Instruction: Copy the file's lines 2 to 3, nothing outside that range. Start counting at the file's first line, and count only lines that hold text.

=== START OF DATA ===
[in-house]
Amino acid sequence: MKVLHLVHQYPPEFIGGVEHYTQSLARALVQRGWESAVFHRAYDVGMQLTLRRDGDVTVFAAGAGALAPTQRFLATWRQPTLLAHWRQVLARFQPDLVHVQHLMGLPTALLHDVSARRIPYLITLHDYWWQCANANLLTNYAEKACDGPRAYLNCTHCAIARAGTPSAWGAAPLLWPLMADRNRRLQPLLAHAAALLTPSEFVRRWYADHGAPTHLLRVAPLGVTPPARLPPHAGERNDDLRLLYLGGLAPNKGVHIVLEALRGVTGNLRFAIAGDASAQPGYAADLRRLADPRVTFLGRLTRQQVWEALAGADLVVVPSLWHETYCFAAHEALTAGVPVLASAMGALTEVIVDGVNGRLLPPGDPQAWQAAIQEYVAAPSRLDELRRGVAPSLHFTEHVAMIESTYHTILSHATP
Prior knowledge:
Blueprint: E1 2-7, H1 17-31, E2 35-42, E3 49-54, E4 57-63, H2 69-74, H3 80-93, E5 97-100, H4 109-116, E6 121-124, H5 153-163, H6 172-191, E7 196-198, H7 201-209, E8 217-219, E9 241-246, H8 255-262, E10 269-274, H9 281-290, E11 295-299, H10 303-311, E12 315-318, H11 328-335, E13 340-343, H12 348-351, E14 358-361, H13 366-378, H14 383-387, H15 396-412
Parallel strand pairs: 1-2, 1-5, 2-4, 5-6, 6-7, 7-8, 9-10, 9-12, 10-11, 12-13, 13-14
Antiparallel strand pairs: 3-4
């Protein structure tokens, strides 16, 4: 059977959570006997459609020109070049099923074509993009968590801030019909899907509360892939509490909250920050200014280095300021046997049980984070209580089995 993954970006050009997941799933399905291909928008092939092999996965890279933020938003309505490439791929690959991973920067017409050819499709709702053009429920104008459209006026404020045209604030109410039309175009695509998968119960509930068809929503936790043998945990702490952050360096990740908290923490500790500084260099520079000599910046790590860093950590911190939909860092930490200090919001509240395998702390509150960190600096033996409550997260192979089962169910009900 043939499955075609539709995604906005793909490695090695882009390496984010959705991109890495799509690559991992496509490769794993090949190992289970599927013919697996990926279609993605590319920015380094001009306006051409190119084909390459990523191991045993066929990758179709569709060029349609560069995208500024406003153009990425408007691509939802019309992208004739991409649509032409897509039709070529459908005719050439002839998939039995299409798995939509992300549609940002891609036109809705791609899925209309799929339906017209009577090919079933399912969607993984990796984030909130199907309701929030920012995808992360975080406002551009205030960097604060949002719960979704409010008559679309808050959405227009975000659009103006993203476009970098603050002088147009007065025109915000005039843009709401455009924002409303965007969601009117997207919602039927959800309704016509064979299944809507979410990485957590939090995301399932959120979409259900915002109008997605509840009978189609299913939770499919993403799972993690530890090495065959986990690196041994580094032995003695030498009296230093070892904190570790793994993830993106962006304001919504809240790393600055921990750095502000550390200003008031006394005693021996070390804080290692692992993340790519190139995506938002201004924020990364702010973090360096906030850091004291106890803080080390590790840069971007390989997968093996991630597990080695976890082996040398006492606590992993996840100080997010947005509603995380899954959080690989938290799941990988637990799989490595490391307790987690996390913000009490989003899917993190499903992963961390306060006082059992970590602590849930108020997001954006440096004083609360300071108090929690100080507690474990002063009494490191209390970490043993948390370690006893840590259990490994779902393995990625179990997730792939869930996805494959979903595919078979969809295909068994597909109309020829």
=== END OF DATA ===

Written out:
Amino acid sequence: MKVLHLVHQYPPEFIGGVEHYTQSLARALVQRGWESAVFHRAYDVGMQLTLRRDGDVTVFAAGAGALAPTQRFLATWRQPTLLAHWRQVLARFQPDLVHVQHLMGLPTALLHDVSARRIPYLITLHDYWWQCANANLLTNYAEKACDGPRAYLNCTHCAIARAGTPSAWGAAPLLWPLMADRNRRLQPLLAHAAALLTPSEFVRRWYADHGAPTHLLRVAPLGVTPPARLPPHAGERNDDLRLLYLGGLAPNKGVHIVLEALRGVTGNLRFAIAGDASAQPGYAADLRRLADPRVTFLGRLTRQQVWEALAGADLVVVPSLWHETYCFAAHEALTAGVPVLASAMGALTEVIVDGVNGRLLPPGDPQAWQAAIQEYVAAPSRLDELRRGVAPSLHFTEHVAMIESTYHTILSHATP
Prior knowledge: